Species of Thailand
Gallus gallus, Carolus Linnaeus, 1758
(In Thai: ไก่ป่า)
The red junglefowl (Gallus gallus) is a tropical bird in the family Phasianidae. It ranges across much of Southeast Asia and parts of South Asia. Red junglefowl are the primary ancestor of the domestic chicken (Gallus gallus domesticus); the grey junglefowl, Sri Lankan junglefowl and green junglefowl have also contributed genetic materials to the gene pool of the chicken.
Evidence from the molecular level derived from whole-genome sequencing revealed that the chicken was domesticated from red junglefowl about 8, 000 years ago, with this domestication event involving multiple maternal origins. Since then, their domestic form has spread around the world where it is kept by humans for its meat and eggs.
Taxonomy and systematics
Numerous wild and domestic subspecies of Gallus gallus exist, including:
- G. g. gallus – from Southeast Asia
- G. g. bankiva – from Java
- G. g. jabouillei – from Vietnam
- G. g. murghi – from India and Bangladesh
- G. g. spadiceus – from Myanmar
- G. g. philippensis - from Philippines
- G. g. domesticus – domestic chicken
The nominate race of red junglefowl has a mix of feather colours, with orange, brown, red, gold, grey, white, olive and even metallic green plumage. The tail of the male roosters can grow up to 28 cm, and the whole bird may be as long as 70 cm. There are 14 tail feathers. A moult in June changes the bird's plumage to an eclipse pattern, which lasts through October. The male eclipse pattern includes a black feather in the middle of the back and small red-orange plumes spread across the body. Female eclipse plumage is generally indistinguishable from the plumage at other seasons, but the moulting schedule is the same as that of males.
Compared to the more familiar domestic chicken, the red junglefowl has a much smaller body mass (around 2¼ lbs (1 kg) in females and 3¼ lbs (1.5kg) in males) and is brighter in coloration. Junglefowl are also behaviourally different from domestic chickens, being naturally very shy of humans compared to the much tamer domesticated subspecies.
Male junglefowl are significantly larger than females and have brightly coloured decorative feathers. The male's tail is composed of long, arching feathers that initially look black, but shimmer with blue, purple, and green in direct light. He also has long, golden hackle feathers on his neck and on his back. The female's plumage is typical of this family of birds in being cryptic and adapted for camouflage. She alone looks after the eggs and chicks. She also has a very small comb and wattles (fleshy ornaments on the head that signal good health to rivals and potential mates) compared to the males.
During their mating season, the male birds announce their presence with the well known "cock-a-doodle-doo" call or crowing. Within flocks, only dominant males crow. Male red junglefowl have a shorter crowing sound than domestic roosters; the call cuts off abruptly at the end. This serves both to attract potential mates and to make other male birds in the area aware of the risk of fighting a breeding competitor. A spur on the lower leg just behind and above the foot serves in such fighting. Their call structure is complex and they have distinctive alarm calls for aerial and ground predators to which others react appropriately.
Distribution and habitat
The range of the wild form stretches from India eastwards across Indochina and southern China, into Malaysia, Singapore, the Philippines, and Indonesia. Junglefowl were one of three main animals (along with the domesticated pigs and dogs) carried by early Austronesian peoples from Island Southeast Asia in their voyages to the islands of Oceania in prehistory, starting at around 5, 000 BP. Today their ancient descendants are found throughout Micronesia, Melanesia, and Polynesia.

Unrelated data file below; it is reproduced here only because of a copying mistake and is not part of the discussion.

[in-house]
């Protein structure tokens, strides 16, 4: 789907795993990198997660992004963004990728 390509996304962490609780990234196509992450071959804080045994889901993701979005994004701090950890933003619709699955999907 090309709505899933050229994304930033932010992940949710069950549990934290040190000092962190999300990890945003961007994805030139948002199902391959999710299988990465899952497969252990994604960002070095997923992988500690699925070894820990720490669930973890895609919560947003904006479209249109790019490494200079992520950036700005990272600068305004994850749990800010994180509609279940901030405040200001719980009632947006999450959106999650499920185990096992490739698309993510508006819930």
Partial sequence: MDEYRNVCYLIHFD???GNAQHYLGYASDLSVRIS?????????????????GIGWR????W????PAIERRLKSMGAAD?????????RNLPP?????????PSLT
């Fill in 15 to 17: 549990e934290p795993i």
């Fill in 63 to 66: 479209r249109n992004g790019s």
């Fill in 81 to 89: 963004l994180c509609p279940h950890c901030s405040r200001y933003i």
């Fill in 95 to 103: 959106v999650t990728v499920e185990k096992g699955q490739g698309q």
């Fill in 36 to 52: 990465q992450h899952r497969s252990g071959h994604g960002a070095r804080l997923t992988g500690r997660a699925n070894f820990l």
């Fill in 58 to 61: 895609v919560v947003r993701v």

Red junglefowl prefer disturbed habitats and edges, both natural and human-created. Apparently the forage and thick cover in these sorts of areas are attractive to junglefowl, especially nesting females. Junglefowl use logged and regenerating forests and often are found near human settlement and areas regenerating from slash-and-burn cultivation. Areas burned to promote bamboo growth also attract junglefowl because bamboo seeds are more available. In some areas, red junglefowl are absent from silvicultural and rubber plantations, but elsewhere they occur in both tea and palm-oil plantations. In Selangor Province, Malaysia, palm foliage provides suitable cover, and palm oil fruit provides adequate food. The palms also offer an array of roost sites, from the low perches (~4 m) favored by females with chicks to the higher perches (up to 12 m) used by other adults.
Red junglefowl drink surface water when it is available, but they apparently do not require it. Birds in North Central India visit water holes frequently during the dry season, although not all junglefowl in the region live close enough to water to do so. Population densities may be lower, however, where surface water is limited.
Behaviour and ecology
Red junglefowl regularly bathe in dust to keep the right balance of oil in their plumage. The dust absorbs extra oil and subsequently falls off.
Flight in these birds is almost purely confined to reaching their roosting areas at sunset in trees or any other high and relatively safe places free from ground predators, and for escape from immediate danger through the day.
Dominant male junglefowl appear to defend a territory against other dominant males, and the size of the territories has been inferred based on the proximity of roosts. Beebe concluded that territories were rather small, especially as compared to some of the pheasants with which he was familiar. This was supported by Collias and Collias, who reported that adjacent roost sites can be as close as 100 meters. Within flocks, male red junglefowl exhibit dominance hierarchies and dominant males tend to have larger combs than subordinate males. Red junglefowl typically live in flocks of one to a few males and several females. Males are more likely to occur alone than are females.